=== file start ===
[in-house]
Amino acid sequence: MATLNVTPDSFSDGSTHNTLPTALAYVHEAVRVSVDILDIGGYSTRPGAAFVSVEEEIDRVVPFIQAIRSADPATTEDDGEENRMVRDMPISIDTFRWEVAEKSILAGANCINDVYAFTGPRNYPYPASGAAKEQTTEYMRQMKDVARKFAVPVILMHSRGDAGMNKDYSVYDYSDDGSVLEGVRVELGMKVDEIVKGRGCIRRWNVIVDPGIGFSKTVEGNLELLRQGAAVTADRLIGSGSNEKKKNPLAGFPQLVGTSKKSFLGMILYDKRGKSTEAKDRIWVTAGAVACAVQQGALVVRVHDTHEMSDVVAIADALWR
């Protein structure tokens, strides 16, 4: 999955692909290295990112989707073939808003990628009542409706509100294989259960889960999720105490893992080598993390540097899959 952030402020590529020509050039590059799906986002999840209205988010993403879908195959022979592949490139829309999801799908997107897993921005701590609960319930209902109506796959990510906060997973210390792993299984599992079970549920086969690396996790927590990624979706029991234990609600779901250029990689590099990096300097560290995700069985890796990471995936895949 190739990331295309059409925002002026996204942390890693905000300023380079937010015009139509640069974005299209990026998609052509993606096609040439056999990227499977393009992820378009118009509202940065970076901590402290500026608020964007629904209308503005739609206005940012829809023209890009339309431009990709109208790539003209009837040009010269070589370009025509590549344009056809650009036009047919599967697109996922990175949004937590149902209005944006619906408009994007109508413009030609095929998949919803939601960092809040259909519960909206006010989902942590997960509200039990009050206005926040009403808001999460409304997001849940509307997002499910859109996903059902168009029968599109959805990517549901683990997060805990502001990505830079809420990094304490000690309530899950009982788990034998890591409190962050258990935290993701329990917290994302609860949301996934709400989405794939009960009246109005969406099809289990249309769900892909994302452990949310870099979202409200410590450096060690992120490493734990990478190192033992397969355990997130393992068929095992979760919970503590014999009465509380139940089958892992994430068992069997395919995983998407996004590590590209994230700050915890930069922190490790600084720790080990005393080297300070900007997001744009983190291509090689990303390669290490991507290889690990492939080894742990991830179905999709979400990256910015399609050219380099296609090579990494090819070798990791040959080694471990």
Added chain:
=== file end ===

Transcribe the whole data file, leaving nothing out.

[in-house]
Amino acid sequence: MATLNVTPDSFSDGSTHNTLPTALAYVHEAVRVSVDILDIGGYSTRPGAAFVSVEEEIDRVVPFIQAIRSADPATTEDDGEENRMVRDMPISIDTFRWEVAEKSILAGANCINDVYAFTGPRNYPYPASGAAKEQTTEYMRQMKDVARKFAVPVILMHSRGDAGMNKDYSVYDYSDDGSVLEGVRVELGMKVDEIVKGRGCIRRWNVIVDPGIGFSKTVEGNLELLRQGAAVTADRLIGSGSNEKKKNPLAGFPQLVGTSKKSFLGMILYDKRGKSTEAKDRIWVTAGAVACAVQQGALVVRVHDTHEMSDVVAIADALWR
């Protein structure tokens, strides 16, 4: 999955692909290295990112989707073939808003990628009542409706509100294989259960889960999720105490893992080598993390540097899959 952030402020590529020509050039590059799906986002999840209205988010993403879908195959022979592949490139829309999801799908997107897993921005701590609960319930209902109506796959990510906060997973210390792993299984599992079970549920086969690396996790927590990624979706029991234990609600779901250029990689590099990096300097560290995700069985890796990471995936895949 190739990331295309059409925002002026996204942390890693905000300023380079937010015009139509640069974005299209990026998609052509993606096609040439056999990227499977393009992820378009118009509202940065970076901590402290500026608020964007629904209308503005739609206005940012829809023209890009339309431009990709109208790539003209009837040009010269070589370009025509590549344009056809650009036009047919599967697109996922990175949004937590149902209005944006619906408009994007109508413009030609095929998949919803939601960092809040259909519960909206006010989902942590997960509200039990009050206005926040009403808001999460409304997001849940509307997002499910859109996903059902168009029968599109959805990517549901683990997060805990502001990505830079809420990094304490000690309530899950009982788990034998890591409190962050258990935290993701329990917290994302609860949301996934709400989405794939009960009246109005969406099809289990249309769900892909994302452990949310870099979202409200410590450096060690992120490493734990990478190192033992397969355990997130393992068929095992979760919970503590014999009465509380139940089958892992994430068992069997395919995983998407996004590590590209994230700050915890930069922190490790600084720790080990005393080297300070900007997001744009983190291509090689990303390669290490991507290889690990492939080894742990991830179905999709979400990256910015399609050219380099296609090579990494090819070798990791040959080694471990």
Added chain: